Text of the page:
During the 2008/09 school year there were 1.266 million students in the K-12 Swiss educational system, who were taught by more than 100,000 teachers.

But Susan Ohanian.org reports teachers in Germany, Austria and Switzerland are seeing their school ranked by the Bertelsmann Foundation (using achievement tests) comparing the school of all districts with each other—the teachers are protesting and fighting back. Because compulsory achievement tests are planned in all three countries, they are wary of school rankings that lead to a “senseless competition” among schools.

  1. Netherlands

About 2.6 million children attend k-12 (European Agency.org).

In 1917, private and public schools were given equivalent financial status under the Constitution. As a result, the Netherlands is in the unique situation, compared with the rest of the world, of having 70 percent of its schools administered and governed by private school boards. The Constitution thus guarantees “freedom of education”, which embrace the freedom to set up schools, freedom to determine the principles on which they are based (freedom of conviction) and freedom of organization of teaching.

State University.com reports, There is an extensive amount of parental involvement in Dutch schools. … In addition, many schools also have a separate parents’ council or committee.

Teacher training in the Netherlands continues to undergo an overhaul. In 2008, the government, following the recommendations of an advisory council, formulated an action plan to tackle the teacher shortage and improve the position and quality of teachers. Given the high performance of its students and its teacher salaries, which, at $60,174 for a mid-career lower secondary school teacher far outpace the OECD average of $41,701, there is still a teacher shortage in the Netherlands due primarily to the aging teacher workforce.

The 2008 TALIS survey of Dutch teachers revealed that the majority of teachers participate in informal, rather than formal, professional development. This generally takes the form of informal mentorships and conversations, courses and workshops and reading professional literature. … Part of the government’s action plan is the creation of a stronger professional organization for teachers that will be able to evaluate teachers and provide teacher training grants.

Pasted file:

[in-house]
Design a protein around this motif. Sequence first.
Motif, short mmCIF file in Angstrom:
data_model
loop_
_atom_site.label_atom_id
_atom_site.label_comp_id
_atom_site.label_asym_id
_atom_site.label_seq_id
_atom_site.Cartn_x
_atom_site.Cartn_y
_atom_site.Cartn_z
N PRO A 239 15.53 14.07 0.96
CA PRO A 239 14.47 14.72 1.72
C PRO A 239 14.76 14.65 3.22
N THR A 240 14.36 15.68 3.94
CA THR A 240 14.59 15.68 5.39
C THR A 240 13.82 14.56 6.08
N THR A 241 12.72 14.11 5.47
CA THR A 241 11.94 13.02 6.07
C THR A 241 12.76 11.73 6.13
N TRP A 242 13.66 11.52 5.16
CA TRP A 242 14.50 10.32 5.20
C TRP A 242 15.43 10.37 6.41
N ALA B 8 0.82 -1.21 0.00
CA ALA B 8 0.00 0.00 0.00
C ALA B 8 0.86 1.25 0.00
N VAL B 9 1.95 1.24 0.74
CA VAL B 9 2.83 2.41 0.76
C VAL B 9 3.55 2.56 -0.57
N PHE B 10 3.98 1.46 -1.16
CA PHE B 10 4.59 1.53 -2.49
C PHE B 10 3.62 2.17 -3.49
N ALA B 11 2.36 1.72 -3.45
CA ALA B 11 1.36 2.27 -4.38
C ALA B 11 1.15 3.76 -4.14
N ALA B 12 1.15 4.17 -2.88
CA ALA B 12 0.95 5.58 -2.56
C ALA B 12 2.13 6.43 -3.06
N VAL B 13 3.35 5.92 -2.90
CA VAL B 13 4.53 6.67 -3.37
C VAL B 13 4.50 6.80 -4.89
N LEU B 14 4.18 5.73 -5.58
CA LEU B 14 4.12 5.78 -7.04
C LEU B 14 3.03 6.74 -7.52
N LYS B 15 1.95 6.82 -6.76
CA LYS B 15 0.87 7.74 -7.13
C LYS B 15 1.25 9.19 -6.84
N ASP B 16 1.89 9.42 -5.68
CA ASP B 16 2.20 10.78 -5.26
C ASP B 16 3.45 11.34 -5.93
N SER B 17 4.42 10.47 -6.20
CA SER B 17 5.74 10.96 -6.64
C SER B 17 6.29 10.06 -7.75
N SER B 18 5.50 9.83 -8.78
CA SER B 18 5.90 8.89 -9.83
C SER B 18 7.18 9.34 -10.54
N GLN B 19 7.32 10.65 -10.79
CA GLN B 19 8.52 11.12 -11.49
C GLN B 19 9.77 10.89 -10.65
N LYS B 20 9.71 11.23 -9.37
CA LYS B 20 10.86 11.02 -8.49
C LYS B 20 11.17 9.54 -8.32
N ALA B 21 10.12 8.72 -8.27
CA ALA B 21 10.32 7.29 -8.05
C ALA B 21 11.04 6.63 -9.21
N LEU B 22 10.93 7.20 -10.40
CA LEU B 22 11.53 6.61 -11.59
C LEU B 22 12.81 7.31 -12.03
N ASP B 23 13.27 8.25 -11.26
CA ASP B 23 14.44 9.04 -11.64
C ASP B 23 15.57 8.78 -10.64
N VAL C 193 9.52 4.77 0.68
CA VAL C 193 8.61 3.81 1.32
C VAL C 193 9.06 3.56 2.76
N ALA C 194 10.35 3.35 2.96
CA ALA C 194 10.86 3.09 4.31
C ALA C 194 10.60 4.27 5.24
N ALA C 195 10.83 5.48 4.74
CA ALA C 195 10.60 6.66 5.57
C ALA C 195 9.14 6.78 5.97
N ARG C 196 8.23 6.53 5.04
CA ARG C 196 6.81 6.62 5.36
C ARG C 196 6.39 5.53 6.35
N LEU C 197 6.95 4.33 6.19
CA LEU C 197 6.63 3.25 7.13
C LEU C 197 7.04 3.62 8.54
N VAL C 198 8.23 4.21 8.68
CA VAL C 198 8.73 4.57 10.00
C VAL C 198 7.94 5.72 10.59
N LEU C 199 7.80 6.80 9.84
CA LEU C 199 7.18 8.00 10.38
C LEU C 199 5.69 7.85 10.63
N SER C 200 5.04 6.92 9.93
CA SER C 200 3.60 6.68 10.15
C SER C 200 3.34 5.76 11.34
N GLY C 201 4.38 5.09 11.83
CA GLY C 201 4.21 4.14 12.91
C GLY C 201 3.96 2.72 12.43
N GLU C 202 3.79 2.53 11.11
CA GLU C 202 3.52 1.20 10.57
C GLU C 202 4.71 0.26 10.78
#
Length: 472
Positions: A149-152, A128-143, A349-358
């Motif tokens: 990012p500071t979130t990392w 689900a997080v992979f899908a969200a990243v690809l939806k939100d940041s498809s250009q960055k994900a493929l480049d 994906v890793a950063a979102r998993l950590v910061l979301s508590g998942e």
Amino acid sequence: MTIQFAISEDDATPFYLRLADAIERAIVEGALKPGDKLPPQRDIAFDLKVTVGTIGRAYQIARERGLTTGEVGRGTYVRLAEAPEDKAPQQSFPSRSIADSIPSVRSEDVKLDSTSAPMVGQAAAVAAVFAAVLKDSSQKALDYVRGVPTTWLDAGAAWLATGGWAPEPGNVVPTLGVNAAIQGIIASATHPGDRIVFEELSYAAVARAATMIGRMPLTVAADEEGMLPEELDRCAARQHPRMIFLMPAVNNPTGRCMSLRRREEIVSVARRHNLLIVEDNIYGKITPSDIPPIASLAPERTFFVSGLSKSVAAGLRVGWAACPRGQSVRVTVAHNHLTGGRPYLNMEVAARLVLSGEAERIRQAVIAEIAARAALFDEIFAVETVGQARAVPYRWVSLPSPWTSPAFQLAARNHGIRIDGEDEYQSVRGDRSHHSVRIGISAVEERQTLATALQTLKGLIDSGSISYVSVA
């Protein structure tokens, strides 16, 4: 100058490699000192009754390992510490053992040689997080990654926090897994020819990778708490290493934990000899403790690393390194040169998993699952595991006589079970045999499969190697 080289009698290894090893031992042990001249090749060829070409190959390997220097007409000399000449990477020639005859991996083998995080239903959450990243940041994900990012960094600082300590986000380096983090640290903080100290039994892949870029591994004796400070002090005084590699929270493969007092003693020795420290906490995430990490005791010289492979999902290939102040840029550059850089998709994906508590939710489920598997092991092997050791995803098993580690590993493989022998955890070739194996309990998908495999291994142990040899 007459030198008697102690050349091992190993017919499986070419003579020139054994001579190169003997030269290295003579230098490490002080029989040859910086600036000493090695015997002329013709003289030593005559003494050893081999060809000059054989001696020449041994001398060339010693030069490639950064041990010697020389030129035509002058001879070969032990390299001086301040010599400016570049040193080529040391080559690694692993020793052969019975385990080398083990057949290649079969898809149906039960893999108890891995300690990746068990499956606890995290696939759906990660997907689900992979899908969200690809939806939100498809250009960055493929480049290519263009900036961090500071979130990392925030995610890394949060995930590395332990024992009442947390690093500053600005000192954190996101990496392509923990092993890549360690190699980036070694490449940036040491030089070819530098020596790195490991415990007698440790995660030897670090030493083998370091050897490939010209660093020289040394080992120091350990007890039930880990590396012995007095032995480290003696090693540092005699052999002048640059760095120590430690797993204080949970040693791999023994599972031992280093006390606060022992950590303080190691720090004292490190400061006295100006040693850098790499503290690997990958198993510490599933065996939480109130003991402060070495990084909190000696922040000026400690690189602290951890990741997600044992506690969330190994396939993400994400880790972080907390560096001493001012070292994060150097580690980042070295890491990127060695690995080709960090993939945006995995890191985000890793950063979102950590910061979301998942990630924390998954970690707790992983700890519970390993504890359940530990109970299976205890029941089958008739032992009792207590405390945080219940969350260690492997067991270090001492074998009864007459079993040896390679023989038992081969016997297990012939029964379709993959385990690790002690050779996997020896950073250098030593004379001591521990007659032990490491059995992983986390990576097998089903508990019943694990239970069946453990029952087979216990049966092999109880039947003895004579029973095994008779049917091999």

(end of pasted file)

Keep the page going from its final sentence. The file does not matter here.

1. Finland

There are 596,000 children in the k-12 compulsory education system. There are only 24 private comprehensive schools in Finland (0.5%). – ncee.org

Education has always been an integral part of Finnish culture and society, and teachers currently enjoy great respect and trust in Finland. Finns regard teaching as a noble, prestigious profession—akin to medicine, law, or economics— and one driven by moral purpose rather than material interests. Teachers also are the main reason Finland now leads the international pack in literacy, science, and math.

  1. 8.Canada

Over 5.11 million students were enrolled in public schools in 2007/08. The full-time teaching force at primary and secondary level is around 310,000. About 5.6% of students are in private schools. Private schools have historically been less common on the Canadian Prairies and were often forbidden under municipal and provincial statutes enacted to provide equality of education to students regardless of family income.

Teacher training programs are housed in Canadian universities, although separate standards for teacher qualification exist across the provinces. There are only about 50 teacher education programs in Canada, so it is easy for provincial governments to regulate quality.

For professional development, all Canadian provincial Ministries of Education support and require ongoing teacher training efforts though, like nearly everything else in the Canadian education system, this is decentralized and subject to different requirements depending on location.

The United States

First, the U.S. has 1,206 schools, colleges and departments of education that trains teachers, and they exist in 78% of all universities and colleges. There is no standard method of how teachers are trained as there are in most of the top 8 countries.